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Irish Druids and Old Irish Religions

James Bonwick


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Description

This scholarly, but very readable, book covers what was known about Druids and Irish Paganism at the end of the nineteenth century. It discusses many of the concepts which later would be utilized by the Wiccan movement to construct Celtic Neo-Paganism.

This book has 284 pages in the PDF version, and was originally published in 1894.

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Excerpt from 'Irish Druids and Old Irish Religions'

This question has agitated the minds of the learned for a long period; and various, as well as contradictory, have been the replies. Tradition preserves their memory as of a pious and superior race, prominently associated with the British Isles and France, and, in a lesser degree, with Belgium, Holland, Germany, and the lands of Scandinavia.

Much romance has been long attached to them. We hear their chants in the Stone Circles. We listen to the heaven-inspired utterances of the Archdruid, as be stands on the capstone of a cromlech, in the eye of the sun, surrounded by the white-robed throng, with the bowed worshippers afar. We see the golden sickle reverently cutting off the sacred mistletoe.

We follow, in imagination, the solemn procession, headed by the cross-bearer. We look under the old oak at the aged Druid, instructing disciples in mystic lore, in verses never to be committed to writing. We gaze upon the assembly of kings and chieftains, before whom the wise men debate upon some points of legislation.

Then, again, we recognize the priests as patriots, resisting the invaders of their homes, and loudly chanting the Battle Hymn.

We are at the convocation of Brehons, in their deliberations on law, and, awestruck, wait upon the observers of sun and stars, or of the signs of the times in the investigation of terrestrial phenomena. We go with them to the judgment upon offenders of an unwritten code, and witness the dread ordeal, or the fiery human sacrifice.

But our inquiry is, What has Irish tradition or literature to say to these interesting details concerning Druids?

Were the Irish Druids like those of whom we read belonging to other lands? Did they spring up from among the Irish people, or were they strangers from another and distant shore?

Could they have formed a distinct community, like the tribe of Levi, intermarrying among themselves only? Amidst much ignorance, and even barbarism, can the Druids have been distinguished by the learning and refinement attributed to them?

With our conceptions of the ancient religions of Ireland, should we credit the Druids with the introduction 'of Sun worship, Serpent reverence, and the adoration of Idols?

Were they, on the contrary, new corners, arriving subsequent to the establishment of these various forms of paganism, and merely known a little before the rise of Christianity in Erin?

******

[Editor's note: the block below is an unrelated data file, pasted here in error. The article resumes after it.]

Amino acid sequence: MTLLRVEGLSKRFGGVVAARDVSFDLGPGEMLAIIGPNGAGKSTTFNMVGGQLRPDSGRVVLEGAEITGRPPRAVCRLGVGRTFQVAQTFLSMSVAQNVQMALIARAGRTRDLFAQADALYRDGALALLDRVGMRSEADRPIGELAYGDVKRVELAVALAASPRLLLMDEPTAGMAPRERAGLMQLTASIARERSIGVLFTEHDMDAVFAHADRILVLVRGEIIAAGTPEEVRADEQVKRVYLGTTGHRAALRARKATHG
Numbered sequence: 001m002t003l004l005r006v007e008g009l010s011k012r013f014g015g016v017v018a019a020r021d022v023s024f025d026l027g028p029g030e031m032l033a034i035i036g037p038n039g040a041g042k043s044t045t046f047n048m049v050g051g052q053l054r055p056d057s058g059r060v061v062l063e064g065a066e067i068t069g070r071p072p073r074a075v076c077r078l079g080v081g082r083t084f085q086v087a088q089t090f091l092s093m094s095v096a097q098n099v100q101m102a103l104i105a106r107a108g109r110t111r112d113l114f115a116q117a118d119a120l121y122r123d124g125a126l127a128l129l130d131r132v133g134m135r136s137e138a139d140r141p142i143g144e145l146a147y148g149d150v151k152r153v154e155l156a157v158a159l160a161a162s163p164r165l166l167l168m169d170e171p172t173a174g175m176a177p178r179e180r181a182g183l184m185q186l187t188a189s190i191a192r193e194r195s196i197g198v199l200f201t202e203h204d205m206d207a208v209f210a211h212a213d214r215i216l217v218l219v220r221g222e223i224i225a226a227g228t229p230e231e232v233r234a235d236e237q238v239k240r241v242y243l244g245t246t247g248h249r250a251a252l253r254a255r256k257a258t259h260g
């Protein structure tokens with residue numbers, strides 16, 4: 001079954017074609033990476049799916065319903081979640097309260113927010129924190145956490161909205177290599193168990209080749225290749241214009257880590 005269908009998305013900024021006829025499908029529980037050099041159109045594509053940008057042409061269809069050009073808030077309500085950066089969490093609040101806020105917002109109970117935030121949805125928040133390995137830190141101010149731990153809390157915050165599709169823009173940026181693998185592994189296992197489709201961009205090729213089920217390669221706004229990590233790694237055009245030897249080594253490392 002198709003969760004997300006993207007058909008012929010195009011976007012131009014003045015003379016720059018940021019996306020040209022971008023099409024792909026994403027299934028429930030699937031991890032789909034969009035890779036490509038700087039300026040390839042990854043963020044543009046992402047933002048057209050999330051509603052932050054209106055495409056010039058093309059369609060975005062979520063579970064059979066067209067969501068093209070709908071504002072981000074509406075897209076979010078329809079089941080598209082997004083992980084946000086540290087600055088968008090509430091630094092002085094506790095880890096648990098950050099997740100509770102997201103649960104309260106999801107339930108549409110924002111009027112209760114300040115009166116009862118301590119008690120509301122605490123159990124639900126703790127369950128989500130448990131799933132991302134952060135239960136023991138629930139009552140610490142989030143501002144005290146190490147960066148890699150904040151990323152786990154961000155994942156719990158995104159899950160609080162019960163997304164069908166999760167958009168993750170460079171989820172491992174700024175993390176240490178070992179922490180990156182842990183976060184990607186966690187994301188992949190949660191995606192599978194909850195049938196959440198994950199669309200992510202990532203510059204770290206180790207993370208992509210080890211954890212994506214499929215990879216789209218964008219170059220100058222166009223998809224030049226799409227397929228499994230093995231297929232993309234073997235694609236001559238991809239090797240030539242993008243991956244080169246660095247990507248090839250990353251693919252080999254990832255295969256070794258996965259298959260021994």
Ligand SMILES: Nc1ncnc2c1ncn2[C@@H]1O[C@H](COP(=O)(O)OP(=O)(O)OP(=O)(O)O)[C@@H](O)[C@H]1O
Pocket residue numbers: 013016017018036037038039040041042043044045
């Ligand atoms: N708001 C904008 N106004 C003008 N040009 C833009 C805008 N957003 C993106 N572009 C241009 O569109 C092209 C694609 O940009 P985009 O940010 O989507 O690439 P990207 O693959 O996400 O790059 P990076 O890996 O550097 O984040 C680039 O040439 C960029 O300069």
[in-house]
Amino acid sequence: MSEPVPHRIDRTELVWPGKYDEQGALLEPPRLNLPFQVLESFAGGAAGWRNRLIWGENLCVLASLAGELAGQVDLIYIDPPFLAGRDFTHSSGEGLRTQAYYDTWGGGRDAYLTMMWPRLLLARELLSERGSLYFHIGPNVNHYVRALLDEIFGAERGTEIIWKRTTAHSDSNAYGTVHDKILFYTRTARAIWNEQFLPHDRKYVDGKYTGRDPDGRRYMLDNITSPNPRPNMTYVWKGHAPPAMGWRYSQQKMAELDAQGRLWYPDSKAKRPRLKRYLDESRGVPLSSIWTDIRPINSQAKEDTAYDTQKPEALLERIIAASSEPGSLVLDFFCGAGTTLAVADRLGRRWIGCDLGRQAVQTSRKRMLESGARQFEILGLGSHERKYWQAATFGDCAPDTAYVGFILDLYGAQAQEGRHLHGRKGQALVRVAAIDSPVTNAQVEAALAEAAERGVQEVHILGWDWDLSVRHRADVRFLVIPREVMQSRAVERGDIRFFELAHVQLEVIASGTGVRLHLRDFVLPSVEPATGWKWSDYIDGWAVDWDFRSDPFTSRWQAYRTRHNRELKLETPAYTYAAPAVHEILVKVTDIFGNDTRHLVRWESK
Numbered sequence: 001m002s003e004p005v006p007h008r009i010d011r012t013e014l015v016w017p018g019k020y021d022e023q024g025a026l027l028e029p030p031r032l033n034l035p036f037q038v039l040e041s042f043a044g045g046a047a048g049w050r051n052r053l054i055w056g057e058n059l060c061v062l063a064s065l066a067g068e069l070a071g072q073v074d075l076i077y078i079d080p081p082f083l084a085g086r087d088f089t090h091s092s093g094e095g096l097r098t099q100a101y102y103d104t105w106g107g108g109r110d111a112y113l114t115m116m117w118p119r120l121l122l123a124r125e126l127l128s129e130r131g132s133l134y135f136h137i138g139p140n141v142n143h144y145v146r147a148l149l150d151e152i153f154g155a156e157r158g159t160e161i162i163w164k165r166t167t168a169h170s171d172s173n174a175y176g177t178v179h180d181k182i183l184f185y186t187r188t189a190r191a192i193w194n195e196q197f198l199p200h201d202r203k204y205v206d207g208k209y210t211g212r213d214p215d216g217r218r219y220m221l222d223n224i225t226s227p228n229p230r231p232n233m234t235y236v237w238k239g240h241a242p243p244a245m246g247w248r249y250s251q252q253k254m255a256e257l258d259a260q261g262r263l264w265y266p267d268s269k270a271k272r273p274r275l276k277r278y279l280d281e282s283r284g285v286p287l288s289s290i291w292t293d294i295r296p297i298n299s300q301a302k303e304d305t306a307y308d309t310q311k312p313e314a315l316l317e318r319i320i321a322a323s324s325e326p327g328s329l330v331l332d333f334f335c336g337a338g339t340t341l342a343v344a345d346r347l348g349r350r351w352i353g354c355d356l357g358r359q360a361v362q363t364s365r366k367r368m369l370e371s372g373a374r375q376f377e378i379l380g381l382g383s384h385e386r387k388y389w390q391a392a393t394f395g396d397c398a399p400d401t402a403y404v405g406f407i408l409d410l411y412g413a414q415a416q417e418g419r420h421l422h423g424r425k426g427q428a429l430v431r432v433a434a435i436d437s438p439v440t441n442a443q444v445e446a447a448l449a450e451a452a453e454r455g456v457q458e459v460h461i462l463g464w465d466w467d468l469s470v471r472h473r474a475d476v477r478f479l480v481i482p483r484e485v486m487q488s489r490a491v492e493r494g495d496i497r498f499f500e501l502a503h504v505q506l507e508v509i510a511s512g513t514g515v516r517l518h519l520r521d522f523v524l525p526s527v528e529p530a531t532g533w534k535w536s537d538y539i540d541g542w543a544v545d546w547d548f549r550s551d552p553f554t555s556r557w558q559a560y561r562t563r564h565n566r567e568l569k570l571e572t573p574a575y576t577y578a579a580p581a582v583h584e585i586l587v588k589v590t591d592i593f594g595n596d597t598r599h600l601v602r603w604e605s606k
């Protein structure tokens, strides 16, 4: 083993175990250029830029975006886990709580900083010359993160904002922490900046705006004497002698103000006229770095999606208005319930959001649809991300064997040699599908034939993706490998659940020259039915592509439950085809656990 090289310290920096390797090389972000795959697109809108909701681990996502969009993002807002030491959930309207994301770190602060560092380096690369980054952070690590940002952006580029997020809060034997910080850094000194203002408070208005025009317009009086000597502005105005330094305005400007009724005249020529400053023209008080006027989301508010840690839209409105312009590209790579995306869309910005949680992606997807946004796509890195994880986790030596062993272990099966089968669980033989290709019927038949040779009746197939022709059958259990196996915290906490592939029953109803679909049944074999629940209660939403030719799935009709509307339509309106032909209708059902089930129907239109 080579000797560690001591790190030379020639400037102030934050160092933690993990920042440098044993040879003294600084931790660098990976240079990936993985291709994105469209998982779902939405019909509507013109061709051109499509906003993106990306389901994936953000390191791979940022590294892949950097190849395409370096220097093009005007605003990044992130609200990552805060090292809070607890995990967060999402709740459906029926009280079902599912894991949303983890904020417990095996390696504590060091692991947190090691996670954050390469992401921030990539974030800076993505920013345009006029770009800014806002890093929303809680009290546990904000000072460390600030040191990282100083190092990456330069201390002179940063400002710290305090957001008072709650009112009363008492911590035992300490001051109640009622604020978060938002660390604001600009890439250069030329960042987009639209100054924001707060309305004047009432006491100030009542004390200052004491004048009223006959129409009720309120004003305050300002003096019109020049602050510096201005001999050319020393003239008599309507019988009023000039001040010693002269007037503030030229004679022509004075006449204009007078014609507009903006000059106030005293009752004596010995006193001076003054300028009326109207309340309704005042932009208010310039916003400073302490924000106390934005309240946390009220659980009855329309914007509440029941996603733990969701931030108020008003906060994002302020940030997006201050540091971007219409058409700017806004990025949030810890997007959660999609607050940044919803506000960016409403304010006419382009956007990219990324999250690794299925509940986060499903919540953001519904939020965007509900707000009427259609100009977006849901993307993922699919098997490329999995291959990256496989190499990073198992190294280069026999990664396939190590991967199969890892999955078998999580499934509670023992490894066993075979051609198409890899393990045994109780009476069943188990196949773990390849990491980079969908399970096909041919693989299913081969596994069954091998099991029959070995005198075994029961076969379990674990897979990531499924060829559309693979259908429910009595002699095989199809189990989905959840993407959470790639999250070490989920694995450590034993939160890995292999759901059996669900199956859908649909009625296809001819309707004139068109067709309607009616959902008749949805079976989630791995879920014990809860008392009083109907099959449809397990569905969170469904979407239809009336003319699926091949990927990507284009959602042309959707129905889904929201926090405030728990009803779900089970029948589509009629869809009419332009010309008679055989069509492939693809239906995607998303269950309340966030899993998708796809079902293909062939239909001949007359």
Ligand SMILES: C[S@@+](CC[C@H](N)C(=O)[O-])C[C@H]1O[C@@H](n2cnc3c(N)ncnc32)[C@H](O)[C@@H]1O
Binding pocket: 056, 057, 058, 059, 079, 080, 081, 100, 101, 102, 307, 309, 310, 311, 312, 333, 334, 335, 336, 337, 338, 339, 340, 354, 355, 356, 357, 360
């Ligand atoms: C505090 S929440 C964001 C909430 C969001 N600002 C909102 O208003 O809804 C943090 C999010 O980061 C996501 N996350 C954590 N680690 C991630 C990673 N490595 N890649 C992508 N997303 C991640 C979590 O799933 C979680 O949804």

Druidism has been of late years so persistently appropriated by the Welsh, that English, Scotch, and Irish have seemed to have no part in the property. Even Stonehenge has been claimed by the Welsh, on the very doubtful story of the Britons, Cæsar's Teutonic Belgæ, being driven by Romans to Wales. The true Welsh--the Silures, or Iberians--were in the land before the Romans appeared. Gaels from Ireland, Cymry from Scotland and England, Belgæ from Germany, Bretons, Britons, Saxons, Normans, English, Irish, and Flemings go to make up the rest. We know nothing of Welsh prehistoric races.

Even allowing cromlechs, circles, and pillar-stones to be called Druidical, there are fewer of these stone remains in Wales than in Scotland, Ireland, England, or France. As to other antiquities, Ireland is richer than Wales in all but Roman ruins.

It is hard upon Ireland that her Druids should have been so long neglected, and the honours of mystic wisdom become the sole possession of Wales. It is true, however, that the Irish have been less eager about their ancestral glory in that aspect, and have not put forward, as the Welsh have done, a Neo-Druidism to revive the reputation of the ancient Order. But Ireland had its Druids, and traditionary lore testifies that country in the acknowledgment of those magi or philosophers.

The Welsh have a great advantage over the Irish in the reputed possession of a literature termed Druidical. They assume to know who the Druids were, and what they taught, by certain writings conveying the secret information. The Irish do not even pretend to any such knowledge of their Druids. The Welsh, therefore, look down with pity upon their insular neighbours, and plume themselves on being the sole successors of a people who were under true Druidical teaching, and whose transmitted records reveal those mysteries.

The revival of the ancient faith, in the organization called Druids of Pontypridd,--having members in other parts of Wales, but claiming a far larger number of adherents in America,--has given more prominence to Druidical lore. The fact of the late simple-minded but learned Archdruid, Myfyr Morganwg, a poet and a scholar, after thirty years' preaching of Christianity, publicly proclaiming the creed of his heathen forefathers, has naturally startled many thoughtful minds. The writer can affirm, from personal knowledge of Myfyr, that he was no pretender, but an absolute believer in the tenets he taught; it is not therefore surprising that students of anthropology should inquire into this revival.

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